Gautam Chatterjee, a former state government bureaucrat, was recently made the Chairman of the Maharashtra Real Estate Regulatory Authority (Maha RERA).
More recent to the day he took office, he was invited by the Rotary Club of Bombay to speak about RERA (Real Estate Regulation & Development Act). However, due to the thunderstorms in Mumbai, he had to decline the invitation.
The second invitation reached him at a time when he had “completed two-quarters of the implementation of RERA,” and the monsoons were over. The speaker thus gladly accepted the invitation once more, thereafter attending a Tuesday meeting that was not interrupted by a thunderstorm, but, at welldeserved intervals, bouts of thunderous applause.
That he and his colleagues managed to get the consent of the entire nation toaward a regulated system of development, is yet unfathomable. However, as is often said about positive government resolutions, “they are not making any headway because the implementation of the act is poor.” In many ways, alleged the speaker, the same reason resulted in the failure of MOFA (Maharashtra Ownership Flat Act, 1963).
MOFA was the only other act that tried to regulate the real estate sector. In comparison to RERA, one notices a careful attempt to improve upon the failings of the earlier effort by making use of modern technology, aiming to bring about “a feeling of trust between the home buyer and developer.”
The four basic pillars of RERA are as robust as the Rotary’s four-way test, said Gautam Chatterjee. At the very outset, the act aims to bring about transparency after reorganising the information asymmetry. Next, it strives for fiscal discipline, which was not the case earlier; developers would collect money from the buyers and start investing it elsewhere, even before completing the project for which the money was collected in the first place. Thirdly, individual accountability was lacking among developers, real estate agents, buyers, financiers, and even the city’s Municipal Corporation. Last but not the least, the act encourages a compliance among all those involved in the realty sector.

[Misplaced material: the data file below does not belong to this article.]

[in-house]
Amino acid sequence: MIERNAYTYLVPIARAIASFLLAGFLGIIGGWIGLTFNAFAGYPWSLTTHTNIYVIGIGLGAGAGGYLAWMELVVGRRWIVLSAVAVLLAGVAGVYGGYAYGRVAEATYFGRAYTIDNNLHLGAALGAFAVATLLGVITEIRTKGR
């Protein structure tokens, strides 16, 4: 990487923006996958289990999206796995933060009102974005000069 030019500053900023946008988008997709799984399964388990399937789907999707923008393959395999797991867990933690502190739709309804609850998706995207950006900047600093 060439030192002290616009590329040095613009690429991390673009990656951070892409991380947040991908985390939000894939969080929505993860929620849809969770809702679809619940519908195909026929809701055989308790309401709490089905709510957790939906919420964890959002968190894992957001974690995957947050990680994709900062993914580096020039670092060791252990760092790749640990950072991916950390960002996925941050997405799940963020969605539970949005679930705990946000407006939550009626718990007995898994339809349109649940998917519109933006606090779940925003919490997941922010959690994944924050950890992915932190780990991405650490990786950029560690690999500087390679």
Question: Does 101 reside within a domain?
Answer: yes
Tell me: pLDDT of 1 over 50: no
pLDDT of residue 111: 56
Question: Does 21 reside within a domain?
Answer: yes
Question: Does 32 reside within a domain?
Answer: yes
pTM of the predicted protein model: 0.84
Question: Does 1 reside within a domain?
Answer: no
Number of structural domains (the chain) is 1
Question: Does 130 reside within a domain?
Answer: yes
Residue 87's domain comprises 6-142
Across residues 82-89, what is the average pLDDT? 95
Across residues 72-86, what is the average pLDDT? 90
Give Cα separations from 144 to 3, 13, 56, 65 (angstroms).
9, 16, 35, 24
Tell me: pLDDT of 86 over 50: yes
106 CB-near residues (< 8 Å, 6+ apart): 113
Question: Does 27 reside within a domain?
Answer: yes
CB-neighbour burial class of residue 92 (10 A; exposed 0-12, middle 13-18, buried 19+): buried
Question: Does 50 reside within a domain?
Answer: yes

Looking back at a city governed by MOFA, and looking toward a “Gautam City,” lends clarity to the argument that Gautam Chatterjee sums up: “We are not a strangulating authority, but a regulating authority that is trying to build the trust that was somehow lost between the developer and home buyer.”
For example, earlier, grievance redressal was a very painful process, however, out of the 1,100 grievances that come under the purview of RERA, 300 have already been disposed in an amicable manner over the period of two quarters. Besides, by making developers share, in detail, the progress of their projects in the public domain, RERA takes advantage of today’s information technology.
These advantages over an outdated act also highlight the challenges that will be encountered in the years to come. Some of the obstacles that have already begun to surface are a lack of digital proficiency among the stakeholders, the unavoidable “pains of transition,” and, since the act accepts grievances related to past projects that could not be completed, “a legacy issue.”
Thus, a question that many Rotarians have asked through expression, and by expression, was about the future of RERA. Would the act still be implemented just as well as it is being implemented under his chairmanship? He answered: “The systems that we are trying to put in place, I think, are so robust that not even a demon would be able to demolish it.”